Second image via the artist’s website.  All other images via Saatchi Art.

Associated Memory: Lindsay Stripling

In a lot of ways, our lives themselves are made up only of memories.  Whether our own memories or the remembrances people have of us, those recollections make up the way we others see us and the way we perceive ourselves.  In her gouache paintings, San Francisco artist Lindsay Stripling emphasizes memory and perceived realities.
Lindsay Stripling | artsy forager #art #artists #paintings Lindsay Stripling | artsy forager #art #artists #paintings Lindsay Stripling | artsy forager #art #artists #paintings Lindsay Stripling | artsy forager #art #artists #paintings Lindsay Stripling | artsy forager #art #artists #paintings

Taking inspiration from vintage photographs, Stripling’s portraits represent an entrance into another world, perhaps a reality or memory different from our own.  It’s funny how, you can never have visited a place, yet have a feeling of it merely from associations like film, photographs or stories.  How often have we found ourselves in a spot, knowing consciously we’d never been there before, yet having an unshakeable feeling of familiarity?

Memories of our loved ones can be much the same, over time, our associations may change, changing our perceptions and skewing our memories.  Our memories are sifted through a giant sieve, so that only the strongest impressions survive.

To see more of Lindsay Stripling‘s work, please visit her website.  Lindsay has several pieces currently for sale on the Buy Some Damn Art website– make sure to check them out!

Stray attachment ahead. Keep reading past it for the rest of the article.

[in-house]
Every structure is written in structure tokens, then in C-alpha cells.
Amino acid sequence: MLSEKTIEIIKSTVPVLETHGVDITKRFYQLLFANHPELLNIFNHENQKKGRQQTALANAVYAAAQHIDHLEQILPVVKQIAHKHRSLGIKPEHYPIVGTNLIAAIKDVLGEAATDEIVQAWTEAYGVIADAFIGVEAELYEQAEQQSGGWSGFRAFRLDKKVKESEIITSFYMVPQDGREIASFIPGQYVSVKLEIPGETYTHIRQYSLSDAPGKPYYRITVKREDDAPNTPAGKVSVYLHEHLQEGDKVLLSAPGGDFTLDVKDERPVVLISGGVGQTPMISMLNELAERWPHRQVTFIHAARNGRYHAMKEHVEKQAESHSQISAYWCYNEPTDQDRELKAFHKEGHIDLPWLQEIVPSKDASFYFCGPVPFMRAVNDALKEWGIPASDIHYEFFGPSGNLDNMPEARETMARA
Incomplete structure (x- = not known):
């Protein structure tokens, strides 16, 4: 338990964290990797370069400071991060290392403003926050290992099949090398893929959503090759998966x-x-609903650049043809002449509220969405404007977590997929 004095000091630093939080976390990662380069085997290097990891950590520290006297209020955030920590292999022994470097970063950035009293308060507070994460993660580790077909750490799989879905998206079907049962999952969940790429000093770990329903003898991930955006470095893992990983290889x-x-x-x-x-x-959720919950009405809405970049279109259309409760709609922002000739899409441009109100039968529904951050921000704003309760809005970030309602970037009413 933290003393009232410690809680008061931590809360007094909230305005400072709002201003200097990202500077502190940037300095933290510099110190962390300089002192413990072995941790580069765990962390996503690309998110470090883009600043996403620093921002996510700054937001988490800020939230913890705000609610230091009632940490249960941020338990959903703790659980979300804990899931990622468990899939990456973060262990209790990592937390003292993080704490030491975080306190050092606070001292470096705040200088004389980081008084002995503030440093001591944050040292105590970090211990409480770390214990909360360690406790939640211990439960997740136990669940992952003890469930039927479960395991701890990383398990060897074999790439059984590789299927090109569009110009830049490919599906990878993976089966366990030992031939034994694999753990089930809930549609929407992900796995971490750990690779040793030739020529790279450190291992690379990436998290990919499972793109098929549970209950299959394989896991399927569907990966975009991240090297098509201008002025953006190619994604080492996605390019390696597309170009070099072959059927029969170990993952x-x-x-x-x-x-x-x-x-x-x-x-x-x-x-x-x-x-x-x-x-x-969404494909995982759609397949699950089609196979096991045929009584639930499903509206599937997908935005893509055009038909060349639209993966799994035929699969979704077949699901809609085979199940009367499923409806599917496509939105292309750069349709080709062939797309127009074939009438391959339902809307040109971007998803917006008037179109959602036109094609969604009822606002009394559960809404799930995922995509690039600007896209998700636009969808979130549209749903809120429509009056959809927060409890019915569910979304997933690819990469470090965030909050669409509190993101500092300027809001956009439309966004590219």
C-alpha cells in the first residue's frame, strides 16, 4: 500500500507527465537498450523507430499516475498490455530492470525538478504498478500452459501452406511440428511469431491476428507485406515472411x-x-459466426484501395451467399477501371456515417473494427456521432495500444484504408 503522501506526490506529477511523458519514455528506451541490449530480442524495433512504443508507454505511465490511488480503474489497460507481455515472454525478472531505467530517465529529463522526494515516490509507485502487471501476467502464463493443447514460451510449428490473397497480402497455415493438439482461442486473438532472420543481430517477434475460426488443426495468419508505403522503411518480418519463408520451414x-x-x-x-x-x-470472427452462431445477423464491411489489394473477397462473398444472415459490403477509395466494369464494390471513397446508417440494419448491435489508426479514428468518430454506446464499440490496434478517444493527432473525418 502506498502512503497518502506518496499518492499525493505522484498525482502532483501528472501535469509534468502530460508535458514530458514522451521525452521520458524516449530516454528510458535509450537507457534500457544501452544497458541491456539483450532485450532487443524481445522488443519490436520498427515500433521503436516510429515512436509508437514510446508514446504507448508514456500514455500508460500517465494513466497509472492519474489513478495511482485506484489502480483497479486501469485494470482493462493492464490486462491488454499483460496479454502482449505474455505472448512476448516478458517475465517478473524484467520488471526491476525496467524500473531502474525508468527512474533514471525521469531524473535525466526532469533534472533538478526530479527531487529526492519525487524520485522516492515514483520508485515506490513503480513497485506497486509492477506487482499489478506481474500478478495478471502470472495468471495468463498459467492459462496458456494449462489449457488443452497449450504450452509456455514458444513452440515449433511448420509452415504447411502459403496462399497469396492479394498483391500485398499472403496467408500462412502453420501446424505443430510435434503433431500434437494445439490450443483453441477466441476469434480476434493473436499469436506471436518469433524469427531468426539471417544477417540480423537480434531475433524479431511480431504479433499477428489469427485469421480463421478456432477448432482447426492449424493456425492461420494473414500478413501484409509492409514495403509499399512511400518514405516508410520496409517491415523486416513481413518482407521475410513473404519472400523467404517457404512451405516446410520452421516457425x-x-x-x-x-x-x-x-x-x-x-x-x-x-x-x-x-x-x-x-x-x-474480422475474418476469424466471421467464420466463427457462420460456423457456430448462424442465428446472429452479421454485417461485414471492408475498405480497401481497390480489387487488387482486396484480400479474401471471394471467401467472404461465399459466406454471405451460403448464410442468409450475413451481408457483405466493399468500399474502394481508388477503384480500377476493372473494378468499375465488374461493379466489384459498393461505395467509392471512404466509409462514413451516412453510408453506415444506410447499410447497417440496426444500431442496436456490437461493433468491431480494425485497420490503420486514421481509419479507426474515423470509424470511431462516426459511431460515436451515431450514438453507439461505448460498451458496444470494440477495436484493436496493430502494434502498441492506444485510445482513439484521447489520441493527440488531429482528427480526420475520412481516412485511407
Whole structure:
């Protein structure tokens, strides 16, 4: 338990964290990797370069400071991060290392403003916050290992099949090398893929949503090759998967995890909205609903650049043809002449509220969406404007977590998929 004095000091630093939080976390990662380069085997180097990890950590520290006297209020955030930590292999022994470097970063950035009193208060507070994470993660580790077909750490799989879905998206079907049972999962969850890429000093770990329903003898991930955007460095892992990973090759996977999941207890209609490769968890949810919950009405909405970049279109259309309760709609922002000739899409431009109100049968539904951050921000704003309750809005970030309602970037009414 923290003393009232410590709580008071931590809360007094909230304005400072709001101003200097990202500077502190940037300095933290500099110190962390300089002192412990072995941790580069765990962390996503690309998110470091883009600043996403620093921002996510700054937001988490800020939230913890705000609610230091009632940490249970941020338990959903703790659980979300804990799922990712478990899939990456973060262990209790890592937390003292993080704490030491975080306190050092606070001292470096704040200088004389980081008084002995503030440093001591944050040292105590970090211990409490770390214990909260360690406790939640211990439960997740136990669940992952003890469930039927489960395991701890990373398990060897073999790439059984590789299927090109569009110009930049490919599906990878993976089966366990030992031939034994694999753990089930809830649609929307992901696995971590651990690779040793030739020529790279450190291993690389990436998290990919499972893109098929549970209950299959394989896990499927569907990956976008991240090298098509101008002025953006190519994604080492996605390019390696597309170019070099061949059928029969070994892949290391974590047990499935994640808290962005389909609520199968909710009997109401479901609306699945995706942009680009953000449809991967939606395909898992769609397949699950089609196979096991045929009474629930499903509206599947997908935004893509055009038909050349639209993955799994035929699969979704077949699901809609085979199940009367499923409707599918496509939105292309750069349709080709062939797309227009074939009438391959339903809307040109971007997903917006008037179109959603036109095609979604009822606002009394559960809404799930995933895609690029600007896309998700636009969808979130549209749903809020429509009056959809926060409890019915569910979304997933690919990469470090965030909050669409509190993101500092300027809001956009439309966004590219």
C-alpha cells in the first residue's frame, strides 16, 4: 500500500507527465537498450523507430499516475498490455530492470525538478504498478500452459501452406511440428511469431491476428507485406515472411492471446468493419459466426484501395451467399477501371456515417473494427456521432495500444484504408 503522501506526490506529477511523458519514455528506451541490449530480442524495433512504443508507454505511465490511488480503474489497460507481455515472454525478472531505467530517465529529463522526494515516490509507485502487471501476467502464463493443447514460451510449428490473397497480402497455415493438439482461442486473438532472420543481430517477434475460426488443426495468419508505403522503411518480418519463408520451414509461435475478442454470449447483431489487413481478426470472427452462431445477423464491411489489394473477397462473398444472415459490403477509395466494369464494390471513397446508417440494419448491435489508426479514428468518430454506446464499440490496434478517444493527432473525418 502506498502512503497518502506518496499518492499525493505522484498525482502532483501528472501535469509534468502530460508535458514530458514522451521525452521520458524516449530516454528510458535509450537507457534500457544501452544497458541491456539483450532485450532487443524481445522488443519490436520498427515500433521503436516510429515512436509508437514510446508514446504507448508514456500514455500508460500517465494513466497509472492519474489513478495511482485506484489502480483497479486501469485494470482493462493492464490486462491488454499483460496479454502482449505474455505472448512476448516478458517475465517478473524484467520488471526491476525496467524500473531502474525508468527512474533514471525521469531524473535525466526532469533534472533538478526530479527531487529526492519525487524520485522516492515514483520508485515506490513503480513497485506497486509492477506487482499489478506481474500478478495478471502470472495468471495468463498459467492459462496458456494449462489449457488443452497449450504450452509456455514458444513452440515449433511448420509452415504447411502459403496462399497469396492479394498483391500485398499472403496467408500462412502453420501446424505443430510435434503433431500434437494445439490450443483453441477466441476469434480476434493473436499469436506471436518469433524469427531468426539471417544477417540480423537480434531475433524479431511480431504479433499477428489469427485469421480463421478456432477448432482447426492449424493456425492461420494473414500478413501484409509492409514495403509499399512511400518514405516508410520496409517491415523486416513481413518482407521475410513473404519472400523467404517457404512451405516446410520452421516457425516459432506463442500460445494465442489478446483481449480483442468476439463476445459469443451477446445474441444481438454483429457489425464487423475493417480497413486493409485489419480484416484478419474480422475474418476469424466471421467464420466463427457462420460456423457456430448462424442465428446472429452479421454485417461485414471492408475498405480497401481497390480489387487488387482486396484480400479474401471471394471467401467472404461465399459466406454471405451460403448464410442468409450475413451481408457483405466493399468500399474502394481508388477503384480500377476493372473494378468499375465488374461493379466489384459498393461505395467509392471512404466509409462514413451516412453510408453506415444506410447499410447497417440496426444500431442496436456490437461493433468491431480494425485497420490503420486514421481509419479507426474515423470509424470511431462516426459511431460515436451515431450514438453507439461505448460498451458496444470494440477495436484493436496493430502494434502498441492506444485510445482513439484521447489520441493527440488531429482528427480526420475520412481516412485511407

All images via the artist’s website.  Artist found via Buy Some Damn Art.

Fogged In: David Ryle

There are so many things I’d never experienced before living on the West Coast.  In Florida, I don’t think I ever experienced “marine layer“, these air masses create the most beautiful foggy formations above the coastal waters.  Of course, everyone loves bright, clear skies, but there is a mysterious beauty to life seen through a fogged lens.  In his Steam Portraits series, photographer David Ryle creates these sensitive captures of portraits seen through or looking through a curtain of steam.

David Ryle | artsy forager #art #artists #photography David Ryle | artsy forager #art #artists #photography David Ryle | artsy forager #art #artists #photography David Ryle | artsy forager #art #artists #photography Ryle_Steam_Glasses_0402

 

We all have our days when it feels like we’re moving through the fog.  Bogged down, without a clear vision of the road ahead.  What’s so lovely about these portraits is that although the subjects are seen gazing through the vapor, in most cases much of the haze is already depleted.  There is something incredibly hopeful in that– to know that although we may be temporarily socked in, slowly, surely, the fog will lift and all will be revealed.

To see more of David Ryle‘s work, please visit his website.

 

All images via the artist’s website.  Artist found via I Need a Guide.

1 2 3 21